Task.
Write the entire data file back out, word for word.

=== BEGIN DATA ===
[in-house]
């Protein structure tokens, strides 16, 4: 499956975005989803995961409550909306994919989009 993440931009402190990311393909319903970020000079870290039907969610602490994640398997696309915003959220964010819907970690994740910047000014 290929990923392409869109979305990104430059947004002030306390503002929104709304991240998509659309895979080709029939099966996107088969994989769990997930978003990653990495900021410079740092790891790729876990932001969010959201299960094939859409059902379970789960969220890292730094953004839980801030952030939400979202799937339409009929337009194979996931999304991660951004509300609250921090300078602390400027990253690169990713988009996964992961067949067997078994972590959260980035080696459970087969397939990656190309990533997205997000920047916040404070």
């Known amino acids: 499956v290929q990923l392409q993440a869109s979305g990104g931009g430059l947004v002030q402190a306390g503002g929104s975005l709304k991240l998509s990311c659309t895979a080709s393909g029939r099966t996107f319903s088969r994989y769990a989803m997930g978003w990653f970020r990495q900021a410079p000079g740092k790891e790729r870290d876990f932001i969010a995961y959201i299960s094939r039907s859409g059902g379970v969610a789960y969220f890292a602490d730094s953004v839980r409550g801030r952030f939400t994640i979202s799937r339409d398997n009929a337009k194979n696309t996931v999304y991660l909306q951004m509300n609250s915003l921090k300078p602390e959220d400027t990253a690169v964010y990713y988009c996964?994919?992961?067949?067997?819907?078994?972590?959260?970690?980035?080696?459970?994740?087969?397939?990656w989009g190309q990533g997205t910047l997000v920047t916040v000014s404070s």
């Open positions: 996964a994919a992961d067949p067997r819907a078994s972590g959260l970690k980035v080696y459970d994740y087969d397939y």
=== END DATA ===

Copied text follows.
[in-house]
């Protein structure tokens, strides 16, 4: 499956975005989803995961409550909306994919989009 993440931009402190990311393909319903970020000079870290039907969610602490994640398997696309915003959220964010819907970690994740910047000014 290929990923392409869109979305990104430059947004002030306390503002929104709304991240998509659309895979080709029939099966996107088969994989769990997930978003990653990495900021410079740092790891790729876990932001969010959201299960094939859409059902379970789960969220890292730094953004839980801030952030939400979202799937339409009929337009194979996931999304991660951004509300609250921090300078602390400027990253690169990713988009996964992961067949067997078994972590959260980035080696459970087969397939990656190309990533997205997000920047916040404070």
């Known amino acids: 499956v290929q990923l392409q993440a869109s979305g990104g931009g430059l947004v002030q402190a306390g503002g929104s975005l709304k991240l998509s990311c659309t895979a080709s393909g029939r099966t996107f319903s088969r994989y769990a989803m997930g978003w990653f970020r990495q900021a410079p000079g740092k790891e790729r870290d876990f932001i969010a995961y959201i299960s094939r039907s859409g059902g379970v969610a789960y969220f890292a602490d730094s953004v839980r409550g801030r952030f939400t994640i979202s799937r339409d398997n009929a337009k194979n696309t996931v999304y991660l909306q951004m509300n609250s915003l921090k300078p602390e959220d400027t990253a690169v964010y990713y988009c996964?994919?992961?067949?067997?819907?078994?972590?959260?970690?980035?080696?459970?994740?087969?397939?990656w989009g190309q990533g997205t910047l997000v920047t916040v000014s404070s």
């Open positions: 996964a994919a992961d067949p067997r819907a078994s972590g959260l970690k980035v080696y459970d994740y087969d397939y």